2

This Character won't Appear Drunk If a character is self medicating with alcohol, they probably aren't getting wild-college-party-blackout-drunk every night. They are drinking enough to calm themselves - to "take the edge off." If this character is a ways down the path to alcoholism, he will need to drink a LOT to appear intoxicated. And alcoholics often ...


2

I think you did a great job. Comparing a heart to a bird flapping in a cage gets your point across, followed by some accurate-seeming description. I don't see an issue with it (but I'm not too experienced). You used a simile (the bird flapping) to describe the feeling. One idea could be to form it into a metaphor. That is less literal and brings the ...


2

Generally it's a bad idea to do anything that does not serve a purpose for the story. Your readers will wonder why you spent their time on it. If how these characters meet and become friends matters for the story you're trying to tell, show it. If not, don't. The writers of Avatar: The Last Airbender had to show Aang becoming friends with Korra, Sokka, ...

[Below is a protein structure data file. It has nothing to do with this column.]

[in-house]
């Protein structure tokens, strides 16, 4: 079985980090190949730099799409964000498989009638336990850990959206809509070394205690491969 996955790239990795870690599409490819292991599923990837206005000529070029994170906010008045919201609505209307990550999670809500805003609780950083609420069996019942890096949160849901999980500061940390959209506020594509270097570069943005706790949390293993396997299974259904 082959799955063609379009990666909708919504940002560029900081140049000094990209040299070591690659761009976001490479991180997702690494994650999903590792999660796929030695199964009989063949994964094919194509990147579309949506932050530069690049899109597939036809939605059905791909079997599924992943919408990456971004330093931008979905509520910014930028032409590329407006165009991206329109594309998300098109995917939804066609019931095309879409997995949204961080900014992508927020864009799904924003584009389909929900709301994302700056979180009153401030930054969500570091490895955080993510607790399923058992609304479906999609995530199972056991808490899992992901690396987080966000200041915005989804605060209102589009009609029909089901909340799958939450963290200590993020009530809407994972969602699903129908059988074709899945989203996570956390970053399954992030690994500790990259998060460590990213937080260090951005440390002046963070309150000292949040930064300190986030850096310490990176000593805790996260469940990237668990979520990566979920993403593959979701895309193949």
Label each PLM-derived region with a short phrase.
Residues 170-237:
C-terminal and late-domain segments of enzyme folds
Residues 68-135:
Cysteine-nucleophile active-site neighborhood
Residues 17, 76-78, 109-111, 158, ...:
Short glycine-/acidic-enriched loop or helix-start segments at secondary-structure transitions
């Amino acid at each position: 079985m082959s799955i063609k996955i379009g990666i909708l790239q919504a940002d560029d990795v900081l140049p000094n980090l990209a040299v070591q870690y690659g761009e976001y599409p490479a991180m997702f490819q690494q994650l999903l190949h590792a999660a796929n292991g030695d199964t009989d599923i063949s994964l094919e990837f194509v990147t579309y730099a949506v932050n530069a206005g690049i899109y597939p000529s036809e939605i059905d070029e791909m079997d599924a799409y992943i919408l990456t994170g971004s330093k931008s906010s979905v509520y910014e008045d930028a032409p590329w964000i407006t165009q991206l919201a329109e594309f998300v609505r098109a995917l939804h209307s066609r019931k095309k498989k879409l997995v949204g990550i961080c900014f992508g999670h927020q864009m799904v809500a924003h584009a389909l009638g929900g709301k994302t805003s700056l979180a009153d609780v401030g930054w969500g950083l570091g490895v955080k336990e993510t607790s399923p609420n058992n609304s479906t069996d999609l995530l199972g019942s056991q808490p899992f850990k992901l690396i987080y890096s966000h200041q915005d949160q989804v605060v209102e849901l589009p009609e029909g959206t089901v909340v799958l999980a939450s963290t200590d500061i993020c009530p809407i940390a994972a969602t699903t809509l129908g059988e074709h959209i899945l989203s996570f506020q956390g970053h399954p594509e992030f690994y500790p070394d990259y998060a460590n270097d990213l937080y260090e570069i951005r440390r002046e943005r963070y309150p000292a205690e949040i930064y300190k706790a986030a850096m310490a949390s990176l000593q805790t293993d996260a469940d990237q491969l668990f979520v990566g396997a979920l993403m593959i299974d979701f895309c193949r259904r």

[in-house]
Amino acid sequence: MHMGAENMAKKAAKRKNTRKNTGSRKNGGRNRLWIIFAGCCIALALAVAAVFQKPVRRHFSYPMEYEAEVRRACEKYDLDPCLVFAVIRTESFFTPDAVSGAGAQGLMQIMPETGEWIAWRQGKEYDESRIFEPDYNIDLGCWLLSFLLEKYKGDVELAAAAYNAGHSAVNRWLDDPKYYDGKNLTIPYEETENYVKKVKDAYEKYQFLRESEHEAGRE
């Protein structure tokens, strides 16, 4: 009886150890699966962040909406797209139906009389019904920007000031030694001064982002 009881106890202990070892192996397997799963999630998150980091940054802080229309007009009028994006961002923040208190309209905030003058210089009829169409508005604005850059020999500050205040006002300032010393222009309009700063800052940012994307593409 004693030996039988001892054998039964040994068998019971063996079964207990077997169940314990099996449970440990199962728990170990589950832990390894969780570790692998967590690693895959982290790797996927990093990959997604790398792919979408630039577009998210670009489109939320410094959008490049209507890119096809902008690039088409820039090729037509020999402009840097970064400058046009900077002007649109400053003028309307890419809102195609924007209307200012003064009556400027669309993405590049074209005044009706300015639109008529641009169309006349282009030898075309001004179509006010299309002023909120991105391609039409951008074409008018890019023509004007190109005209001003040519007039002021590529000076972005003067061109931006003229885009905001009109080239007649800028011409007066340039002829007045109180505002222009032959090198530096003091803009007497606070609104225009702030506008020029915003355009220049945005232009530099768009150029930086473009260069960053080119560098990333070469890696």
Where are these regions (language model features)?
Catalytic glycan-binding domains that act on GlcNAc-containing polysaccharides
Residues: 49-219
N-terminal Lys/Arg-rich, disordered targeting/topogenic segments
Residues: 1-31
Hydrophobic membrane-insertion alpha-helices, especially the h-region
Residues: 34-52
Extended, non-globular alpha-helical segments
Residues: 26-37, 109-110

2

Any adaptation of a copyrighted work requires permission to be published. That permission needs to be in the form of a license. A screenplay is not usually published, but a movie made from a screenplay is. The publisher of the movie will need to purchase the movie rights (a kind of license) from the estate of Mr Silverstein, the author of the poem. It’s ...


2

Political correctness is not a challenge to clarity, it IS clarity, without your cruel and hateful or disdainful spin on it. What you call political correctness is what I call not using language I know, on average, is perceived by others as hurtful. I don't use racial epithets because I know people of the race in question typically find those epithets ...


2

Political correctness—the term—is a distraction. It was coined in Nazi Germany to describe what would not be censored, and all applications since have been disparaging. Applied to race relations it’s used for the disparaging sense, to deflect mere criticism and conflate it with full censorship, the better to preempt critical content. Often this usage is ...


2

Rephrase things so that you don't need to start sentences with "I": "Is this a death sentence?" was the first thought that occurred to me. Death scared me to death. The exam table was directly facing the doorway, and I was sitting at its end. I wanted to run away, far away. As I jumped off the exam table, my legs gave way, and I fell back onto it. What I ...


2